Experience and expression of emotions in marital conflict : an attachment theory perspective

Özen, Ayça
The current study aims to explore the potential mediating role of emotional experiences and expression during conflictual situations in marital relationships. Past studies have documented a strong relationship between attachment dimensions and/or styles and relationship satisfaction. It was also shown that negative emotions and dysfunctional and destructive expression of emotions have detrimental effect on marital functioning. The current study aims to empirically tie these two areas of research by exploring the mediating role of emotional experience and expression in the relationship between attachment dimensions (i.e., attachment anxiety and avoidance) and marital adjustment of couples using the Actor-Partner Interdependence Model (APIM, Kashy & Kenny, 2000). It was expected that attachment dimensions of wives and husbands would predict the experience of three negative emotions, namely, anger, sadness, and guilt and destructive expression of these emotions, and in turn, these emotions would predict both partners’ marital dissatisfaction. Initially, two pilot studies using both qualitative and quantitative methods were conducted to see whether there were culture-specific ways of emotional experience and expression in Turkish cultural context. The findings confirmed the reliability and validity of the three separate emotional experiences scales assessing anger, sadness, and guilt. Based on the findings of the initial studies, the main study involving a sample of 167 married couples who were in the early years of their marriages was conducted. Couples separately completed multiple measures of adult attachment and experience and expression of emotions, and marital quality. Mediating effects of emotional experience and expression in the relationship between the attachment dimensions and marital adjustment were tested utilizing a series of path analyses using the APIM analyses. The results revealed that attachment avoidance, rather than attachment anxiety, of both wives and husbands was the strongest predictor of own and partners’ marital adjustment in the conflictual situations. In terms of emotional experience, wives’ regret and husbands’ anger were the marker mediating emotions. Regarding anger expression, wives’ and husbands’ distributive aggression styles mediated the relationship between attachment dimensions and marital adjustment. Analyses on sadness expression yielded only one significant actor mediation effect suggesting that avoidant husbands used more solitude/negative behavior, and this in turn, decreased their marital adjustment. However, guilt expression styles of wives and husbands did not mediate the relationship between attachment dimensions and marital adjustment of both partners. The current study extended the previous studies by providing evidence on the influence of the each partner’s attachment orientation on the emotional experience and expression during marital conflict and marital adjustment of both spouses. The implications of the study for theory, practice, and future research were discussed.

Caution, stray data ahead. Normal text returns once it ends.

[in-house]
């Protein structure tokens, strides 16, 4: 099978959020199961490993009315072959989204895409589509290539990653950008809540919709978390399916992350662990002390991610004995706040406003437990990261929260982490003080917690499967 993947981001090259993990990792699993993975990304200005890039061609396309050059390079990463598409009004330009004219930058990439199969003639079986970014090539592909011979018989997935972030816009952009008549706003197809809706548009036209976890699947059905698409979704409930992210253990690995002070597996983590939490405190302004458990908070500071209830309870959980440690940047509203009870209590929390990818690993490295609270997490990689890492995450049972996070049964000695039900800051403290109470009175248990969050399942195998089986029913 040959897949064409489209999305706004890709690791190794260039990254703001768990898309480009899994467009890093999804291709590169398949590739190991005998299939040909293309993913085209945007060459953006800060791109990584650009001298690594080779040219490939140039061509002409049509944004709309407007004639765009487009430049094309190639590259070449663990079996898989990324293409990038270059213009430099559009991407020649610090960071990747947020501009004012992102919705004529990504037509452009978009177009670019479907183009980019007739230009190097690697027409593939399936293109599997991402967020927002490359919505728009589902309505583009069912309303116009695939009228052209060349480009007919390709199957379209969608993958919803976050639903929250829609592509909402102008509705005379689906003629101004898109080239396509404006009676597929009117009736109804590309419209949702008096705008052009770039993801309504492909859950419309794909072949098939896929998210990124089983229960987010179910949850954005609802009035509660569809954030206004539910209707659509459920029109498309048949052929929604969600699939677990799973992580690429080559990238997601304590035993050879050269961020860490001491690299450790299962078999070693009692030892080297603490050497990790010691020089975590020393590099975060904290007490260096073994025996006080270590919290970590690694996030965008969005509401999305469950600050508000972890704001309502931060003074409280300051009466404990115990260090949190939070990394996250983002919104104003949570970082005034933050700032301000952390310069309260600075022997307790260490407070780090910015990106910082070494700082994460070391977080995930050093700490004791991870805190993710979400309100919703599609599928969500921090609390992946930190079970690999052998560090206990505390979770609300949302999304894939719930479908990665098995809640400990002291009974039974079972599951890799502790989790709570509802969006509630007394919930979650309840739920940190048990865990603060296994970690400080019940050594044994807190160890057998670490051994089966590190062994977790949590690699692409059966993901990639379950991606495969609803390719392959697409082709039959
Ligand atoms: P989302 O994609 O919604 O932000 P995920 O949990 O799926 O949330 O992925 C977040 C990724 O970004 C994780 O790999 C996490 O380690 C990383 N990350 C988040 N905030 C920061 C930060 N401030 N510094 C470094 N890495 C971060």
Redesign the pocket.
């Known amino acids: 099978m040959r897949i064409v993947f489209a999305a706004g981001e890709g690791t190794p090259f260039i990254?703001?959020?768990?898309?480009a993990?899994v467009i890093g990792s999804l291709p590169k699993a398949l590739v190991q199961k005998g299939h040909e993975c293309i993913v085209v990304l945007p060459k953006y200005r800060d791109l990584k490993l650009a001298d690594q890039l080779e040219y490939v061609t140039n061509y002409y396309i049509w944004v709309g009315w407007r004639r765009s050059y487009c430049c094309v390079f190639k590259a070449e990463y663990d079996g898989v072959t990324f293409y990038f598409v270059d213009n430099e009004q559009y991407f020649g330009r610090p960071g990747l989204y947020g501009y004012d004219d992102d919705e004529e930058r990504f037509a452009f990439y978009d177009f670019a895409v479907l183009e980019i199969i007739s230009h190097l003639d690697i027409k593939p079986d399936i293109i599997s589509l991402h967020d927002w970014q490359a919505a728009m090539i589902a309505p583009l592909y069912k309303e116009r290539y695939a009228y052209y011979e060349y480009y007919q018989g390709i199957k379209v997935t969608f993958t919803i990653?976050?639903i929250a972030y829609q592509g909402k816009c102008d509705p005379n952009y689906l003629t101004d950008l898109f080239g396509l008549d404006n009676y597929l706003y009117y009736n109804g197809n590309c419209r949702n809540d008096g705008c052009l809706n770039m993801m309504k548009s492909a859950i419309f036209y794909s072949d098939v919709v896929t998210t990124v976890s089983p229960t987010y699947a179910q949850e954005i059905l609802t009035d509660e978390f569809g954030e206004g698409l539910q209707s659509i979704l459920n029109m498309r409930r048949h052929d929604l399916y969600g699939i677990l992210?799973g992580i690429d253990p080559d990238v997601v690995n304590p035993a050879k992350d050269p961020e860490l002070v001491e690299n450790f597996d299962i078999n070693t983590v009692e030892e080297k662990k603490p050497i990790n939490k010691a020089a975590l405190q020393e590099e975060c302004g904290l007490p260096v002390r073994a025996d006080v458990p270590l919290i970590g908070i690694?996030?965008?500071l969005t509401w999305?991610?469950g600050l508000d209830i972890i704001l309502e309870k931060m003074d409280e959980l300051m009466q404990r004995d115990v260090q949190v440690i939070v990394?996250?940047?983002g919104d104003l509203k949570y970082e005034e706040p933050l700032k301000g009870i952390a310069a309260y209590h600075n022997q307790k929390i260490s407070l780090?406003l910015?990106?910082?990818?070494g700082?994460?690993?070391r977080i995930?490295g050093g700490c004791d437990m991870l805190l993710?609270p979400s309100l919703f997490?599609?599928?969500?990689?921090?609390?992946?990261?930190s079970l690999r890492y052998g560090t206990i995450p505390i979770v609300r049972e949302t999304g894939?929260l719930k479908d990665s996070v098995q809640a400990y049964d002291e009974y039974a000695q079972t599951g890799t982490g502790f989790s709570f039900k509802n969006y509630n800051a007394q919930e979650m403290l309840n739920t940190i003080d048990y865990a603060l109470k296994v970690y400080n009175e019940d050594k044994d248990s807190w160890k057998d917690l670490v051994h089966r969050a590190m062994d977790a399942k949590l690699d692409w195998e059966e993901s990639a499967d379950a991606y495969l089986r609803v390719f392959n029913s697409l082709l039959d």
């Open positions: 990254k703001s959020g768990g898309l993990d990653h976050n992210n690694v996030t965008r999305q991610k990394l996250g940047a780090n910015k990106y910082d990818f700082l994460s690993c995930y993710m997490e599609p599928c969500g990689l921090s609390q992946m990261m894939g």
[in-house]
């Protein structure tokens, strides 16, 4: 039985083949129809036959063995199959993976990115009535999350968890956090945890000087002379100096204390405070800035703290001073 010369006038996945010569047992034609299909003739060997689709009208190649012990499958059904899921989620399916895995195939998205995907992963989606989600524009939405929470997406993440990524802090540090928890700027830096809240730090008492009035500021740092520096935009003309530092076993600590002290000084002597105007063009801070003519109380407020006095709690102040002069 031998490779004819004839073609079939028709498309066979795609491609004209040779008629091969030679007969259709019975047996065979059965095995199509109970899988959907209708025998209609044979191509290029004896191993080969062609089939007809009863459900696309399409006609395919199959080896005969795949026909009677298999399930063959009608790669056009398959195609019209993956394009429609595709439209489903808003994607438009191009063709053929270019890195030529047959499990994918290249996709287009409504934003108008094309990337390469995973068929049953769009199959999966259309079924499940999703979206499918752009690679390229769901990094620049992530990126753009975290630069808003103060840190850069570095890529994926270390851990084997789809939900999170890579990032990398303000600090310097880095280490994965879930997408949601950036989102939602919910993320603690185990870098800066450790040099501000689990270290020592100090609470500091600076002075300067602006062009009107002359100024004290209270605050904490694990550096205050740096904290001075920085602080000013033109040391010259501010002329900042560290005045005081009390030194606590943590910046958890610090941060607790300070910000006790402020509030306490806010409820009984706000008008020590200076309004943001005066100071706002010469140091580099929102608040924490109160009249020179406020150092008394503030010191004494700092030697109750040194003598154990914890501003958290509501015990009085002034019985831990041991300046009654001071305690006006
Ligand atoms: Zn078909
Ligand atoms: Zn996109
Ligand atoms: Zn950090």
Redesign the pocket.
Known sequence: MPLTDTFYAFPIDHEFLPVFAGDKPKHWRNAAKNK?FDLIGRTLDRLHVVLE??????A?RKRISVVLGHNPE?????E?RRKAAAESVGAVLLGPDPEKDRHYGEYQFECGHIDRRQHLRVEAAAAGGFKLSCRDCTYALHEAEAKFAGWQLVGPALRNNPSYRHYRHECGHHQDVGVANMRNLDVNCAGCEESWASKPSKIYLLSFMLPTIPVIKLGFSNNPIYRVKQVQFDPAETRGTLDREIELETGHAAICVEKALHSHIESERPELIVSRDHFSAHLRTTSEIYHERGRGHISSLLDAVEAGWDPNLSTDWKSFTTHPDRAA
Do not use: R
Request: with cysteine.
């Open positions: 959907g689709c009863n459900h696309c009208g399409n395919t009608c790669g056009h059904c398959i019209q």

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Citation Formats
A. Özen, “Experience and expression of emotions in marital conflict : an attachment theory perspective,” Ph.D. - Doctoral Program, Middle East Technical University, 2012.